Despite a Queen’s Cup win at only 18, Oli’s father wanted him to turn his back on the polo game and focus on a career in the Army. Howard knew how hard it was to make a go of it as a professional player. Maybe he saw that the game was changing, that the old guard were being replaced by a new breed of player and more importantly patron – that the business was getting more cut throat, more commercial, more challenging. Whatever the reason, in the summer of 1994 Oli was due to join the Army, the recruitment tests had been done and it was all set. In the interim he was based at Edgeworth working alongside Simon Keyte for John P Smail, working hard but learning a lot too.

Then the phone rang a week before the start of the Army Commission. It was Eddie Kennedy who ran the Maple Leaf high goal operation for Galen Weston. Would Oli like to go for a trial at Coworth for the team? He got the ride and that was the end of the Army idea. Victory in The Prince Of Wales (at that stage still 22 goal) was the big success of the season. Alongside teammates Mike Azzaro and Memo Gracida they got to the semi’s of the Queen’s Cup, but a double whammy win was not on the cards. “Playing with Memo was in way the first constructive polo teacher I had other than my Dad”.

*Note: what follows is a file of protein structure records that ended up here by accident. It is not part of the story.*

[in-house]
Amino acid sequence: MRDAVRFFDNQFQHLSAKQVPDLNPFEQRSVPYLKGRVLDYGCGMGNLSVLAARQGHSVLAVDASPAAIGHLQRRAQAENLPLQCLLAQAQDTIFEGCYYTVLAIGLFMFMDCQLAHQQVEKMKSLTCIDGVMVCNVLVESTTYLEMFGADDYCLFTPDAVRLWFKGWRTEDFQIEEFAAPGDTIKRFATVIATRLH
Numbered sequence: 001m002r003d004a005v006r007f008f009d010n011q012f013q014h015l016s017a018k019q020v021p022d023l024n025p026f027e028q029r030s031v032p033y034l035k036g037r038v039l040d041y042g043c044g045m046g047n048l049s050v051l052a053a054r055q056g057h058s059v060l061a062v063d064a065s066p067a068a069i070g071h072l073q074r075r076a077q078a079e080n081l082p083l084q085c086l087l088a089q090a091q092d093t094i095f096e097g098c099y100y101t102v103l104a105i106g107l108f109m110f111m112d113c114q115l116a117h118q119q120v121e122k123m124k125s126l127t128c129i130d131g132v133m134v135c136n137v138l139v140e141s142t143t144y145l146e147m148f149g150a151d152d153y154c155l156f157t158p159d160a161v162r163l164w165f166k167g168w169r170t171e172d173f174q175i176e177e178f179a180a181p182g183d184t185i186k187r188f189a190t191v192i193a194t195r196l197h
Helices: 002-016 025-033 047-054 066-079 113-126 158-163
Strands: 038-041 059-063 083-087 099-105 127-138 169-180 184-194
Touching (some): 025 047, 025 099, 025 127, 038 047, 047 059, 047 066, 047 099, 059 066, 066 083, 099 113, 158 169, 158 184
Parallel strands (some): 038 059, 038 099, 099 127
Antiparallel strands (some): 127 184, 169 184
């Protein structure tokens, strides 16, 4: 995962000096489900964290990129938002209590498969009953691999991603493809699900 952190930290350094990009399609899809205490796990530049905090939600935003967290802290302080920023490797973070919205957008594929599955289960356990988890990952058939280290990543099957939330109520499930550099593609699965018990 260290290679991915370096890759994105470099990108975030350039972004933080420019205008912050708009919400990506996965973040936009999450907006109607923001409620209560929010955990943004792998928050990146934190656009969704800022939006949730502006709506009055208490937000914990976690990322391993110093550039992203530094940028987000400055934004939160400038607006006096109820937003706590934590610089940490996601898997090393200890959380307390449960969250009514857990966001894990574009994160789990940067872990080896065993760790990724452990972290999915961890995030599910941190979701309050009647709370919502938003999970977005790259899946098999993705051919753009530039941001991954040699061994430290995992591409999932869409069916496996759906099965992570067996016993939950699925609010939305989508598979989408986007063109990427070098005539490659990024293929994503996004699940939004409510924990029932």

The next year Oli was based at the Royal Berkshire playing the 8 goal with Jean-Francois Decaux with Michael Amoore and Jamie Le Hardy. One day Oli was at Guards with his father watching a Les Lions Queen’s Cup game when James Glasson had a fall and broke his hand. In borrowed boots Oli helped to win the game and was then asked to play the rest of the Queen’s Cup with Les Lions. They were beaten in the semi’s by Alcatel who went on to win the tournament.